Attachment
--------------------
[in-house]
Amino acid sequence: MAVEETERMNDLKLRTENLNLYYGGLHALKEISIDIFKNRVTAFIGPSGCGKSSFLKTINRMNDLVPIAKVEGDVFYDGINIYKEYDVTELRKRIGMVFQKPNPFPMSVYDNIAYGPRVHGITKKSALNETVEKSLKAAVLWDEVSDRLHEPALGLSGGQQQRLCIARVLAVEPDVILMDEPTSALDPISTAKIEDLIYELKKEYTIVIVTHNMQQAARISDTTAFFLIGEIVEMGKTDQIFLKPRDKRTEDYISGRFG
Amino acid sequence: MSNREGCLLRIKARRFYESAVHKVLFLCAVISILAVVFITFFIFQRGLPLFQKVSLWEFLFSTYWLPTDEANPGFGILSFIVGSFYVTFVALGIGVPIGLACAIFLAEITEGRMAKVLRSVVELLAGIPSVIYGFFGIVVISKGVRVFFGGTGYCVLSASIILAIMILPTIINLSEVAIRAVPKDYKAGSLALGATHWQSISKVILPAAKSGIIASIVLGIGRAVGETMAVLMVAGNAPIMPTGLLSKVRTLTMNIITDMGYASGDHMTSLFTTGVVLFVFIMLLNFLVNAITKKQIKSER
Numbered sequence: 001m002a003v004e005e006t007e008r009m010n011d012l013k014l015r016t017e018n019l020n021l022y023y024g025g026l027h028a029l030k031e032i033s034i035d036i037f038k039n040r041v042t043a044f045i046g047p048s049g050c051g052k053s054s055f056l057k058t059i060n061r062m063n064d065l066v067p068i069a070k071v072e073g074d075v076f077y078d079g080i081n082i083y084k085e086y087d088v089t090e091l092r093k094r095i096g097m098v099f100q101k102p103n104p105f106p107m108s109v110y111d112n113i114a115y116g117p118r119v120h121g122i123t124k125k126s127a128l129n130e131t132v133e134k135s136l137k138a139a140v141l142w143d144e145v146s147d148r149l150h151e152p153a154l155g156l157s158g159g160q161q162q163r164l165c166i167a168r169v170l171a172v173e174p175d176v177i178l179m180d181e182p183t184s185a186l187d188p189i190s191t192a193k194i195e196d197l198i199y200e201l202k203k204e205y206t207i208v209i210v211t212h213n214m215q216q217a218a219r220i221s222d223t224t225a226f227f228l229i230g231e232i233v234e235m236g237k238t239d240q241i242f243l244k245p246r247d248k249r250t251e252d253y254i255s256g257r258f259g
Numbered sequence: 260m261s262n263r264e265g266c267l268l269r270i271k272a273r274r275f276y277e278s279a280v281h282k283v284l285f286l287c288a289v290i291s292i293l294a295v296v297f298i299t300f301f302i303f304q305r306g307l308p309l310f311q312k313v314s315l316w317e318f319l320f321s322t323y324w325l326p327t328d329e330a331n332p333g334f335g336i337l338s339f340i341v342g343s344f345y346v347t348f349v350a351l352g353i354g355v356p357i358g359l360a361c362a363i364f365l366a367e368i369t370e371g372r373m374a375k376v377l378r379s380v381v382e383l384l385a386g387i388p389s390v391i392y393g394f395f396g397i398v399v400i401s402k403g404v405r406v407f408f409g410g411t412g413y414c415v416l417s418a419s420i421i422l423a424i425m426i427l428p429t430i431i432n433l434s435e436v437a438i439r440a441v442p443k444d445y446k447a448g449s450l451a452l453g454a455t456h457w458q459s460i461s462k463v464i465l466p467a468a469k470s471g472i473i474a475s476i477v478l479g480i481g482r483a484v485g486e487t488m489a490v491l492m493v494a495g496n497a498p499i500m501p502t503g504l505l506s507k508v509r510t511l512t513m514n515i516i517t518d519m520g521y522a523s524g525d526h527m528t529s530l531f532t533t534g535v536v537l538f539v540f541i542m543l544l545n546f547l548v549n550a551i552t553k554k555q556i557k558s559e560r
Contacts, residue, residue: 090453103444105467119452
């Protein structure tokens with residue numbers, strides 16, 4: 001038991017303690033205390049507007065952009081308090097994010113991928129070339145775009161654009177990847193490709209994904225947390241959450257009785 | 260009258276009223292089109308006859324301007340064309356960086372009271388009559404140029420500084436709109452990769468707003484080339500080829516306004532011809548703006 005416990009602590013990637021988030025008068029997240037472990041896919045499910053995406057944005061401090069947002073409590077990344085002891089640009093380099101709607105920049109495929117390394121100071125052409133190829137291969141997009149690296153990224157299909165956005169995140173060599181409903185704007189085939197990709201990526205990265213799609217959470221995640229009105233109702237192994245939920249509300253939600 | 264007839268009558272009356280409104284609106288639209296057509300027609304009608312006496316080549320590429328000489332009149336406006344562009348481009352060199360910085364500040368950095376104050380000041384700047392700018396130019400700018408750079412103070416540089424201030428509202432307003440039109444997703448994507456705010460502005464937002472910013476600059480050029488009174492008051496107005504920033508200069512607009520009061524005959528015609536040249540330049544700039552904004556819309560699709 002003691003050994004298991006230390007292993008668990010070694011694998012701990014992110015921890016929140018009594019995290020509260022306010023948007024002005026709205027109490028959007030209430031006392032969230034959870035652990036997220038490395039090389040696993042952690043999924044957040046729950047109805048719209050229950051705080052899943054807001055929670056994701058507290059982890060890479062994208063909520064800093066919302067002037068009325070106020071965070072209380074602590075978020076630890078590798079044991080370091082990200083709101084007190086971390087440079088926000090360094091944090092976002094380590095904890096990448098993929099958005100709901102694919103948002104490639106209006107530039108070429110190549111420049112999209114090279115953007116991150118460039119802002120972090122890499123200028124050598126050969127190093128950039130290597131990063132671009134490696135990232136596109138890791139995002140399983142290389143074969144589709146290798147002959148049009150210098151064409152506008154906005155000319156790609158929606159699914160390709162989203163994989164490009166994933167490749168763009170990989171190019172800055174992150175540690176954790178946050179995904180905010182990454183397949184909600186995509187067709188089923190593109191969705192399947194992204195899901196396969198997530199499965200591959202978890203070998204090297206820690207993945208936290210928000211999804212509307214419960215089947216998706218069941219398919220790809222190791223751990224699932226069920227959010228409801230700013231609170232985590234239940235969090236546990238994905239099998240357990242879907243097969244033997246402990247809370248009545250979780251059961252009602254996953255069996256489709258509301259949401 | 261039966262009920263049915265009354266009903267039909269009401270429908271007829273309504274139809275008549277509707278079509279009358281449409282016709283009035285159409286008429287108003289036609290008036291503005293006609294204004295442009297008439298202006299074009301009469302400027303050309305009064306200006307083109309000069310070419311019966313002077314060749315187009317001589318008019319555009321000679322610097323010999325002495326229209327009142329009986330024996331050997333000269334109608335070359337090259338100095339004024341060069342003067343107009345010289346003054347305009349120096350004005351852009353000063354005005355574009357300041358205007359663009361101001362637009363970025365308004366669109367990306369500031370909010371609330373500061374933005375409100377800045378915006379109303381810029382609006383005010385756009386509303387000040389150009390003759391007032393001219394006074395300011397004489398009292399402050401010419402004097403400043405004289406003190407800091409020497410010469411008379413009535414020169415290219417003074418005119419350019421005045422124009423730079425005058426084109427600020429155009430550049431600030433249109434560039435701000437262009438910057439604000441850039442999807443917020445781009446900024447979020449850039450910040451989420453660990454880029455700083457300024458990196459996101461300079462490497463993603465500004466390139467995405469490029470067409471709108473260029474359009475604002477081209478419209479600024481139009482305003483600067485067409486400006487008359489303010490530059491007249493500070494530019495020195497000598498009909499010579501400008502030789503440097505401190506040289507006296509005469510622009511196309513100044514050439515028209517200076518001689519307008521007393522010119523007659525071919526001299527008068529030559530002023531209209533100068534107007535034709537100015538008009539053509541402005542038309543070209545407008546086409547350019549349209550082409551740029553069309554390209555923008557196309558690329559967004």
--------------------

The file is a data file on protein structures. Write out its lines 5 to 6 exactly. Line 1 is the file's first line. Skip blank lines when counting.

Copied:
Numbered sequence: 260m261s262n263r264e265g266c267l268l269r270i271k272a273r274r275f276y277e278s279a280v281h282k283v284l285f286l287c288a289v290i291s292i293l294a295v296v297f298i299t300f301f302i303f304q305r306g307l308p309l310f311q312k313v314s315l316w317e318f319l320f321s322t323y324w325l326p327t328d329e330a331n332p333g334f335g336i337l338s339f340i341v342g343s344f345y346v347t348f349v350a351l352g353i354g355v356p357i358g359l360a361c362a363i364f365l366a367e368i369t370e371g372r373m374a375k376v377l378r379s380v381v382e383l384l385a386g387i388p389s390v391i392y393g394f395f396g397i398v399v400i401s402k403g404v405r406v407f408f409g410g411t412g413y414c415v416l417s418a419s420i421i422l423a424i425m426i427l428p429t430i431i432n433l434s435e436v437a438i439r440a441v442p443k444d445y446k447a448g449s450l451a452l453g454a455t456h457w458q459s460i461s462k463v464i465l466p467a468a469k470s471g472i473i474a475s476i477v478l479g480i481g482r483a484v485g486e487t488m489a490v491l492m493v494a495g496n497a498p499i500m501p502t503g504l505l506s507k508v509r510t511l512t513m514n515i516i517t518d519m520g521y522a523s524g525d526h527m528t529s530l531f532t533t534g535v536v537l538f539v540f541i542m543l544l545n546f547l548v549n550a551i552t553k554k555q556i557k558s559e560r
Contacts, residue, residue: 090453103444105467119452